September 8

Atlas launch vehicle 113-D for the Mercury-Atlas 8 (MA-8) manned orbital mission was static-fired at Cape Canaveral. This test was conducted to check modifications that had been made to the booster for the purpose of smoother engine combustion.

September 10

The Mercury-Atlas 8 (MA-8) manned orbital mission was postponed and rescheduled for September 28, 1962, to allow additional time for flight preparation.

September 12

President John F. Kennedy visited the Manned Spacecraft Center and was shown exhibits including Mercury, Gemini, and Apollo spacecraft hardware.

NASA announced it would launch a special satellite before the end of the year "to obtain information on possible effects of radiation on future satellites and to give the world's scientific community additional data on the artificial environment created by the radiation belt." The 100-pound satellite would be launched from Cape Canaveral into an elliptical orbit ranging from about 170-mile perigee to 10,350-mile apogee.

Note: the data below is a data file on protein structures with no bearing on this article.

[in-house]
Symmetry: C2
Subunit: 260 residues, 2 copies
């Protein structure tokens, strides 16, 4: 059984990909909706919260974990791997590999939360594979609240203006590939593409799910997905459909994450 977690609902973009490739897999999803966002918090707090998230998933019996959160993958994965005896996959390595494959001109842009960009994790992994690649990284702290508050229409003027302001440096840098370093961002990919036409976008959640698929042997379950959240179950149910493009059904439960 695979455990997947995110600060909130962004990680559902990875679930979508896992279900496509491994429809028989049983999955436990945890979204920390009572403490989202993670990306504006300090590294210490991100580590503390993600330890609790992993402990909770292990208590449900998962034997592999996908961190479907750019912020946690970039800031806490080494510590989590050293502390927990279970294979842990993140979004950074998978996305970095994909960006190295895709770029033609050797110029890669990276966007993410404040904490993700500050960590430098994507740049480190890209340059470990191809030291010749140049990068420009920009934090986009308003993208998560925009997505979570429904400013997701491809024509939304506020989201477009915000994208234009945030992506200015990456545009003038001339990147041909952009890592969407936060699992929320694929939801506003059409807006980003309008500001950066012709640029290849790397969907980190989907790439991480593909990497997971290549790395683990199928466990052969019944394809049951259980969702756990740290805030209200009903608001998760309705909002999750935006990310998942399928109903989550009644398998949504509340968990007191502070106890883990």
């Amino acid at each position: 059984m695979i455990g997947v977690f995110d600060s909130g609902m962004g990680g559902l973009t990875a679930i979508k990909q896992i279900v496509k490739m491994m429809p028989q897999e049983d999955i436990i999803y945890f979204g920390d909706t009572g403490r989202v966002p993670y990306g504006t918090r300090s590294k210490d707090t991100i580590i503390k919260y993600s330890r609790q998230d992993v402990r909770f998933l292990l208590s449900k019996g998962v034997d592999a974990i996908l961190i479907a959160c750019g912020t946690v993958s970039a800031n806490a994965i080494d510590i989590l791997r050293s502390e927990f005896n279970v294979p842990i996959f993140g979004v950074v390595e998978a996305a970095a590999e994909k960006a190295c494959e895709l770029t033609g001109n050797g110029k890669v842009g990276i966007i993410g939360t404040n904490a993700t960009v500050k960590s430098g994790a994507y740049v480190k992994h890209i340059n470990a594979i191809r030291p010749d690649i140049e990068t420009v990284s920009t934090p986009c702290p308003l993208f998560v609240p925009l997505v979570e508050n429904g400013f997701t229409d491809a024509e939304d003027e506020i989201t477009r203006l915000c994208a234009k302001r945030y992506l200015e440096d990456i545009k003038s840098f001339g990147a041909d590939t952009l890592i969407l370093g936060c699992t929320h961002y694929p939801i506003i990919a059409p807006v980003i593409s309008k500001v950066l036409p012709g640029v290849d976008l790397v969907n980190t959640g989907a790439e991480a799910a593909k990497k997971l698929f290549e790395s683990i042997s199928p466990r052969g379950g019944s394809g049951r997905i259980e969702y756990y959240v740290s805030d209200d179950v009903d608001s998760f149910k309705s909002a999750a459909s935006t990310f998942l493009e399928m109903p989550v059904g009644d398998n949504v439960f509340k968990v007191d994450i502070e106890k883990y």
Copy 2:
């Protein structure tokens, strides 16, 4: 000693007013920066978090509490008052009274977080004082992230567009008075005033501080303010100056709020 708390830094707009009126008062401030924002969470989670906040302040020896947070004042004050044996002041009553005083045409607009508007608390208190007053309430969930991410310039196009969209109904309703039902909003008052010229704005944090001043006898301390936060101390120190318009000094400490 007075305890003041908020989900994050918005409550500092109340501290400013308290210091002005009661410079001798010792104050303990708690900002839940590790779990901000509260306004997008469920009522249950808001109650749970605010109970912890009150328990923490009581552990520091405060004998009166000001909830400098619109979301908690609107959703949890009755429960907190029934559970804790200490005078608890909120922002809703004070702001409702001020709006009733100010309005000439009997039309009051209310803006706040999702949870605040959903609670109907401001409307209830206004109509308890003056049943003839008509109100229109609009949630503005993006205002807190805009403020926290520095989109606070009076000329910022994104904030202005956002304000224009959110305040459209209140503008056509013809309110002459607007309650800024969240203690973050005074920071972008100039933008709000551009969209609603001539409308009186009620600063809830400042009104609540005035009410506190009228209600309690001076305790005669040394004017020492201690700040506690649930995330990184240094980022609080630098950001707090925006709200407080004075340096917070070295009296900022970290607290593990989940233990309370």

First "mystery" satellite in history of space exploration was launched, according to British magazine Flight International. The magazine said the satellite orbited at a height of 113 miles and reentered the earth's atmosphere 12 days later. The satellite was listed as belonging to the U.S. Air Force, but spokesman said this was a "scientific guess based on our assessment of previous satellite launchings." Launching was not confirmed, and no official U.S. listing included such a satellite.

September 17

Studies completed by the Navy Biophysics Branch of the Navy School of Aviation Medicine, Pensacola, Florida, disclosed that astronaut Glenn had received less than one-half the cosmic radiation dosage expected during his orbital flight. The Mercury-Atlas 6 (MA-6) spacecraft walls had served as excellent protection.